NY Courts & The Fair Labor Standards Act

Strategies for Defense of FLSA Collective Actions

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In Lynch v. The City Of New York, the Southern District of New York decertified a conditionally certified FLSA collective of thirty Administrative Associates alleging, primarily, that they were not paid overtime for all hours worked. See No. 16-CV-5677 (KBF) (S.D.N.Y. Oct. 27, 2017). The Court’s decision hinged on the variation in facts necessary to establish an element of each plaintiff’s claim: whether the City had actual or constructive knowledge of the allegedly unpaid work.
Continue Reading Court Decertifies FLSA Collective Alleging Claims for Unpaid Overtime

In Knox v. John Varvatos Enterprises, Inc., the Southern District of New York granted a Section 216(b) motion for conditional certification of an Equal Pay Act (“EPA”) collective consisting of female sales associates contending that their employer discriminatorily awarded a $12,000 annual clothing allowance to male employees but not female employees. See No. 17-CIV-772 (GHW) (GWG) (S.D.N.Y. Oct. 17, 2017). However, the Court declined to grant that aspect of the motion that sought equitable tolling of the claims of potential opt-in plaintiffs.
Continue Reading Court Grants Conditional Certification Of Equal Pay Act Collective, But Denies Equitable Tolling To Claims Of Opt-In Plaintiffs

In Perez v. City of New York, the City moved for summary judgment against a variety of FLSA claims advanced by a collective of Associate Urban Park Rangers related to unpaid wages. See No. 12-CIV-4914 (PAE) (S.D.N.Y. Sept. 27, 2017). The Court granted the motion in part and denied it in part ruling on a plethora of issues including the applicable statute of limitations, allegations of willfulness, and applicable tolling. However, one aspect – its denial of summary judgment as to overtime claims where plaintiffs failed to utilize the City’s overtime reporting mechanisms – merits particular attention.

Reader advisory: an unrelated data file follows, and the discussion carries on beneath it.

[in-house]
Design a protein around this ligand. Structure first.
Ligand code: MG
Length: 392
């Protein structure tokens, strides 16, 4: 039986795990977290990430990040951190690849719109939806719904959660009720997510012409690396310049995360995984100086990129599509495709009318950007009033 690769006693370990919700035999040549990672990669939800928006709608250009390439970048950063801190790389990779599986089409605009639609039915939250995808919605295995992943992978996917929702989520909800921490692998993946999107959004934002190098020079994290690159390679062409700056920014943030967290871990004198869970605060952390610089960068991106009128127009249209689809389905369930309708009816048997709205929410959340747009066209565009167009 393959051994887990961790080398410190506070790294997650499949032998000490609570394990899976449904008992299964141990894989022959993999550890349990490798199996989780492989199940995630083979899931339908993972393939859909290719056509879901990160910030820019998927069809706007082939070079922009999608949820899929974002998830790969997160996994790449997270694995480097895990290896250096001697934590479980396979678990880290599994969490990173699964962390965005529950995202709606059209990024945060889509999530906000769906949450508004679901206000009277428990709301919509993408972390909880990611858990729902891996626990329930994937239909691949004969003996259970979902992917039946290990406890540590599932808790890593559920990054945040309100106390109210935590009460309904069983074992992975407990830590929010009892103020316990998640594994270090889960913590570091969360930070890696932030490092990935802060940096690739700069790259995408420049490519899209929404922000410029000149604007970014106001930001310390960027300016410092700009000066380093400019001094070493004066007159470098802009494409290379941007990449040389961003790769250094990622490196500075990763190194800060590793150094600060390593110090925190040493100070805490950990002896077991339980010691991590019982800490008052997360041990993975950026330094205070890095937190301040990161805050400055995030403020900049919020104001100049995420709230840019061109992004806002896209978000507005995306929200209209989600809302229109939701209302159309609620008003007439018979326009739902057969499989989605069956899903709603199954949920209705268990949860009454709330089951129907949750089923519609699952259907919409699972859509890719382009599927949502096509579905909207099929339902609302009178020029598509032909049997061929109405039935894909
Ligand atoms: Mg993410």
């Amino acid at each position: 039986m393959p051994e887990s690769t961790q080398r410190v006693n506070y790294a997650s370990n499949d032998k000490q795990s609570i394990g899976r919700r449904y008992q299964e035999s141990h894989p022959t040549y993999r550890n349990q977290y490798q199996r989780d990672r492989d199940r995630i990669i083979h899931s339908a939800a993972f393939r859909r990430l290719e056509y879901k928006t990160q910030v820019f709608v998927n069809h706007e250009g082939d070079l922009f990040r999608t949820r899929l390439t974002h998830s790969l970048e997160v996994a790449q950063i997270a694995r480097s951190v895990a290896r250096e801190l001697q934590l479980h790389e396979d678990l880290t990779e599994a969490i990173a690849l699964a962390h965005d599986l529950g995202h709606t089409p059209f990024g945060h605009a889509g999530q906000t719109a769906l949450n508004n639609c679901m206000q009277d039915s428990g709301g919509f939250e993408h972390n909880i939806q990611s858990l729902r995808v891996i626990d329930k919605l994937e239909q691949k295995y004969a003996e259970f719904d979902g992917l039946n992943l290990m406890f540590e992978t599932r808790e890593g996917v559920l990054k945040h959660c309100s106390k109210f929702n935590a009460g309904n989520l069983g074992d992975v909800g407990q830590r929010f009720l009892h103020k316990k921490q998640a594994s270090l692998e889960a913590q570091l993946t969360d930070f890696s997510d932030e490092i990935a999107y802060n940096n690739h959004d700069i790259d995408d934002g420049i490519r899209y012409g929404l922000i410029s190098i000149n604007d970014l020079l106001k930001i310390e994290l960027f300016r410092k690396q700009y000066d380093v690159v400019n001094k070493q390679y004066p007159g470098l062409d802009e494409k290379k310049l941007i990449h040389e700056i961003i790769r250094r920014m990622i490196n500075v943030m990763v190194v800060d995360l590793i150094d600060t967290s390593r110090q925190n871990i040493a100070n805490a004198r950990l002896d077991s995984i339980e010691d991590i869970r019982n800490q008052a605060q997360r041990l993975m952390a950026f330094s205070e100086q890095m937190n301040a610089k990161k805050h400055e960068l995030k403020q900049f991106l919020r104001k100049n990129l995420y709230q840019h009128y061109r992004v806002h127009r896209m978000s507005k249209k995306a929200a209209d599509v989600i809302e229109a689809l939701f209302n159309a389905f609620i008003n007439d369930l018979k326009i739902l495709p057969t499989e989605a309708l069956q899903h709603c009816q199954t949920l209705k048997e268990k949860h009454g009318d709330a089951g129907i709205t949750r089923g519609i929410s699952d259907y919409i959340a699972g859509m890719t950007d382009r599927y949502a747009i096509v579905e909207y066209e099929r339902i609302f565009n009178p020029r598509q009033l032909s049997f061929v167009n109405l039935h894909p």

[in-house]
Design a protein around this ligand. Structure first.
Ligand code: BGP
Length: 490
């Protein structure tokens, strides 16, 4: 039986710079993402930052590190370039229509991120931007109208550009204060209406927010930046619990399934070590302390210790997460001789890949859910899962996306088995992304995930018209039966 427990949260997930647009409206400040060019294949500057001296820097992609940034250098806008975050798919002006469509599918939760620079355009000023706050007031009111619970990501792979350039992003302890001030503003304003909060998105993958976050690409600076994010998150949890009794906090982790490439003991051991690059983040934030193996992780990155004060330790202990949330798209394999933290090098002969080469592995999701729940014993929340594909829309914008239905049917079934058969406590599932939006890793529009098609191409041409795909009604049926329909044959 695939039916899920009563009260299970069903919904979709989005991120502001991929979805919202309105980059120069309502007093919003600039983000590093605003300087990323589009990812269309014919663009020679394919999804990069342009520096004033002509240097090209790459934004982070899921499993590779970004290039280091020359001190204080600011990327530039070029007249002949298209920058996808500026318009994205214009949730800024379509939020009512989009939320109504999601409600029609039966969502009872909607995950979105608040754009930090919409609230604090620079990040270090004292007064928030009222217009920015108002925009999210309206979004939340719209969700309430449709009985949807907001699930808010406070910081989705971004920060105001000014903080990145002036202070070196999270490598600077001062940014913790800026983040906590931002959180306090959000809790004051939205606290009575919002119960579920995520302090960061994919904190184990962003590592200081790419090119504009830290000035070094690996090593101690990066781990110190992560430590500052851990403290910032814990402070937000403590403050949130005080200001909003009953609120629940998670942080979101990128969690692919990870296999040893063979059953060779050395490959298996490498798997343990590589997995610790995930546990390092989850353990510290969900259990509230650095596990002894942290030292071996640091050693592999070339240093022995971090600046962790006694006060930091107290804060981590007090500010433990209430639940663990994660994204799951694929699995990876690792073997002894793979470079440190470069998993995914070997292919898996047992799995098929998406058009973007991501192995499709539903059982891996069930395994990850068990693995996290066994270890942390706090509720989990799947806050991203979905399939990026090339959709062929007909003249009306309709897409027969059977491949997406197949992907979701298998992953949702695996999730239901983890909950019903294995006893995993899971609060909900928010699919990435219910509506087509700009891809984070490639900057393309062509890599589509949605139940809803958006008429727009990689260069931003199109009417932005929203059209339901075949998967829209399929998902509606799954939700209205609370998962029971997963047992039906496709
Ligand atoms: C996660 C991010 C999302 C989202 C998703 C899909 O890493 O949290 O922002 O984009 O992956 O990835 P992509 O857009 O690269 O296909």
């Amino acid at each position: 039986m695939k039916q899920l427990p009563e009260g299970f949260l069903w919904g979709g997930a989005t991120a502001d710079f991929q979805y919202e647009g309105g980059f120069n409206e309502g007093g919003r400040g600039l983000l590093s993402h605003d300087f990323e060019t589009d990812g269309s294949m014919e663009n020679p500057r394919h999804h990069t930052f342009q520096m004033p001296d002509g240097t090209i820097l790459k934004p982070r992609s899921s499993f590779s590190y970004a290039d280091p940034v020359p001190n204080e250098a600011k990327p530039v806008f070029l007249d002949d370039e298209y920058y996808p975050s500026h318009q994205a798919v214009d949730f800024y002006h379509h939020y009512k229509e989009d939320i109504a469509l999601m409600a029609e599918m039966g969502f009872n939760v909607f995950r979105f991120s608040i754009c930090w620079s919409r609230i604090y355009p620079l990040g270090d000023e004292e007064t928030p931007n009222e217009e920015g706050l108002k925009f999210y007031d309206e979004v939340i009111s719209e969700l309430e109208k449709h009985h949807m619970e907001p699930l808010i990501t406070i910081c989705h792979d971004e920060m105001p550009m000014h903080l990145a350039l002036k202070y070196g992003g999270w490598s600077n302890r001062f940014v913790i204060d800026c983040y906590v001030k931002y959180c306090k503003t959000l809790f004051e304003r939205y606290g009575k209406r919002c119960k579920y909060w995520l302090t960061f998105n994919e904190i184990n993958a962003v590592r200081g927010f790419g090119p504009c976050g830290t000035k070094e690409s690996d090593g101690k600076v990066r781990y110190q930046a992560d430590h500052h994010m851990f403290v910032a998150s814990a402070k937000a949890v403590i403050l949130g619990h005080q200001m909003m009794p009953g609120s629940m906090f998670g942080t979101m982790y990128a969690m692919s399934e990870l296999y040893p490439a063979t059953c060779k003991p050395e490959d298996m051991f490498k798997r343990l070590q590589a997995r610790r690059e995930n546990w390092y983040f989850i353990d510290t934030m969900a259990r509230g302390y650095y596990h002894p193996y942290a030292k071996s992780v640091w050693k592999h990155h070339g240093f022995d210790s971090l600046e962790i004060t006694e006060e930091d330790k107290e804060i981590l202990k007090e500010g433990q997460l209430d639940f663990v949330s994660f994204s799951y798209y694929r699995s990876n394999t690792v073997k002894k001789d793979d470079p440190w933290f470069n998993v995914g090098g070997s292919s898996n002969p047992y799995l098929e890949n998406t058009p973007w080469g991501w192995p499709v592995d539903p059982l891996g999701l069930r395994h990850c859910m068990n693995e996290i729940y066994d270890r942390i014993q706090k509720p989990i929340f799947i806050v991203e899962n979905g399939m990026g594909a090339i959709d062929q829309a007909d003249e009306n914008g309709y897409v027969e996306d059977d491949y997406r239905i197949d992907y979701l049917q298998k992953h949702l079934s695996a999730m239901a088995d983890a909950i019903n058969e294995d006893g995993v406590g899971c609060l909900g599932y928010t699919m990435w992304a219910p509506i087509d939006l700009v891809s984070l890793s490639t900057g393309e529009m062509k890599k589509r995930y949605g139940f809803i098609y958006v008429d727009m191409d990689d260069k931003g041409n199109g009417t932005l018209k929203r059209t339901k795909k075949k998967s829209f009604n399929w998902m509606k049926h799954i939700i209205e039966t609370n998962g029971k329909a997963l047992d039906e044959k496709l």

Continue Reading Court Denies Employer Summary Judgment Against FLSA Overtime Claims Despite Plaintiffs’ Failure To Properly Report Overtime In Accordance With Established System

In Cabrera v. Stephens, the Eastern District of New York conditionally certified an FLSA collective of 7-Eleven workers who alleged that their time records were manipulated and that they were not appropriately paid for all hours worked. See No. 16-CV-3234 (ADS) (SIL) (E.D.N.Y. Sept. 28, 2017). The motion for conditional certification was accompanied by a motion to strike declarations submitted by the employer of putative class/collective members who contended that they had been appropriately paid for all hours worked. The plaintiffs alleged they had been obtained under coercive circumstances. The motion provided the Court with an opportunity to outline the